Having bad credit means dealing with higher interest rates, credit card fees, and sub-prime loan rates, and loan applications being denied.
Unfortunately, a history of late payments, debt collections, charge-offs, foreclosure, repossession, and bankruptcy have a negative effect on your credit score.
Credit problems can last seven to 10 years. But there is something you can do about it. It will take time, but repairing your credit and building a solid financial future will earn you better interest rates, terms, fees and more approvals. Here is how to go about it.
Step One: Order Your Credit Reports
Under Federal law, you’re entitled to a free copy of your credit report from each of the nationwide credit reporting companies — Equifax, Experian, and TransUnion — once every 12 months.
You may order reports from one, two, or all three of the companies at the same time, or you may stagger your requests throughout the year.
Some financial advisors say staggering your requests during a 12-month period may be a good way to monitor the accuracy and completeness of the information in your reports.
If you’re getting ready to apply for a loan or job, however, checking all three credit reports at the same time might be a good idea. To order your free annual credit reports, visit annualcreditreport.com or call 1-877-322-8228.
Step Two: Review Your Credit Reports
Once you have your credit reports, you should look over them for two major types of information:
- Over 70% of credit reports have errors. While not of these errors affect your credit score, it is still important to make sure your credit report contains only accurate information.
- Negative items. Review your credit report for items that are hurting your credit score. Identifying these issues will help you create an attack plan.
Read through your credit reports and highlight errors and all negative information. Go back over these items and circle any entry that has incorrect information. Make notes on each item you find. Review the report twice to make sure you have captured everything.
Decide what negative accounts to dispute. Listed below are the types of information you may want to dispute:
- Late Payments
- Collection Accounts
- Outdated Negative Information
- Incorrect information
Common Credit Report Errors:
Incorrect date of birth
Incorrect addresses Accounts that are not yours
Payments that have been incorrectly reported
Incorrect amounts owed
Incorrect account numbers
Incorrect opening date
Incorrect credit limit
Step Three: Dispute Inaccurate Information
You have the right to dispute inaccurate, outdated, or incomplete credit report information. Once you have identified negative or incorrect items. Compose a dispute letter to any credit bureau that includes errors on your credit report.
In the letter, state that you are disputing the information, and include as much information about your dispute as possible. Make a copy of your credit report with the error circled. Attach this copy to the back of the letter. If you have proof of these errors, include a copy as well.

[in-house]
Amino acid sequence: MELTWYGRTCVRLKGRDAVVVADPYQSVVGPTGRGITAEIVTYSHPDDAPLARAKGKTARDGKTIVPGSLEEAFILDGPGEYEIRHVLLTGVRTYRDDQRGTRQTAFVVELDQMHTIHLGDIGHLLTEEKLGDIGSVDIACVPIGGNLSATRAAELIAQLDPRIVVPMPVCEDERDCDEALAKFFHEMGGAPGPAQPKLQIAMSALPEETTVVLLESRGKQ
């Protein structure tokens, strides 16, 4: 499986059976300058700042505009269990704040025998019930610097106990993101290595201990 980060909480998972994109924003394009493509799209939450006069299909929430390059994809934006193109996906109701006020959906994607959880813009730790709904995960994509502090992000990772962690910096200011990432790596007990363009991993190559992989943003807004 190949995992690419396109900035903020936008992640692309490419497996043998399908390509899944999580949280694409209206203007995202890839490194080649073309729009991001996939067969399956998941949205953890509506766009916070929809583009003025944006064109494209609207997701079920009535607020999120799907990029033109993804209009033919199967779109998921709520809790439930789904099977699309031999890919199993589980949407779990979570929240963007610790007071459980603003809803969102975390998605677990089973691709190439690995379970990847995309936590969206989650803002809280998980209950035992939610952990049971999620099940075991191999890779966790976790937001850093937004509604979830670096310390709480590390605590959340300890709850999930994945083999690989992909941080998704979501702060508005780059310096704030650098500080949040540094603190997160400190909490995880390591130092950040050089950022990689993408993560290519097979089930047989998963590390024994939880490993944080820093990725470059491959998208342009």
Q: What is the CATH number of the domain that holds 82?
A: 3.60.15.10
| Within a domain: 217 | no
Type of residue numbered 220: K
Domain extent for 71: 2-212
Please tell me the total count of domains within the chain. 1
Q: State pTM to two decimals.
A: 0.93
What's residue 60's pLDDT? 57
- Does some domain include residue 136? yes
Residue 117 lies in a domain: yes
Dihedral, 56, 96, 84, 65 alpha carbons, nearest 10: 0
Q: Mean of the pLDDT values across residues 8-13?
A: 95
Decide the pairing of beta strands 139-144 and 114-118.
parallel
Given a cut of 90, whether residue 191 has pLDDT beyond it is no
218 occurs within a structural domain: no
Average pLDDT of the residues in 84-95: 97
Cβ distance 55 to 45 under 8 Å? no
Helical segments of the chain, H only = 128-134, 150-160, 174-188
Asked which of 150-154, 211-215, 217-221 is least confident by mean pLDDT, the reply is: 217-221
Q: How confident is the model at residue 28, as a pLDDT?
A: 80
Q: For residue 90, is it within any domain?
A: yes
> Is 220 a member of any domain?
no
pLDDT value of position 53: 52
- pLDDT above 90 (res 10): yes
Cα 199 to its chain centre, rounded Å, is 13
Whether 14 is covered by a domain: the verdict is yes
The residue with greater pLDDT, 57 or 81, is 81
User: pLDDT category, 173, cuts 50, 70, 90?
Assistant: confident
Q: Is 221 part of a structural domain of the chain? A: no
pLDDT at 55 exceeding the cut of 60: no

Removing negative items can help your credit scores. While many people still don’t realize that it’s possible to have them removed, there are thousands of consumers successfully disputing such items with the credit bureaus every day. The Consumer Financial Protection Bureau includes sample dispute letters on its website.
Step Four: Send Your Dispute and Wait for the Results
Once the credit bureau receives your dispute, they have 30 days to investigate your dispute and correct your credit report. Repeat this process for any other errors you find in the three reports.
Credit reporting companies must investigate the items in question usually within 30 days unless they consider your dispute frivolous.
They also must forward all the relevant data you provide about the inaccuracy to the information provider, which reviews the relevant information, investigates, and reports the results back to the credit reporting company.
If the information provider finds the disputed information is inaccurate, it must notify all three nationwide credit reporting companies so they can correct the information in your file.
What Happens After the Credit Bureau’s Dispute Investigation?
When the investigation is complete, the credit reporting company must give you the results in writing and provide a free copy of your report if the dispute results in a change.
If an item is changed or deleted, the credit reporting company cannot put the disputed information back in your file unless the information provider verifies that it is accurate and complete.
The credit reporting company also must send you written notice that includes the name, address, and phone number of the information provider.
If you ask, the credit reporting company must send notices of any corrections to anyone who received your report in the past six months.
You can have a corrected copy of your report sent to anyone who received a copy during the past two years for employment purposes.
If the investigation doesn’t resolve your dispute, you can dispute directly with the information furnisher or ask that statement of the dispute be included in your file and in future reports. Complaining to the CFPB may be a good step to take for truly inaccurate information.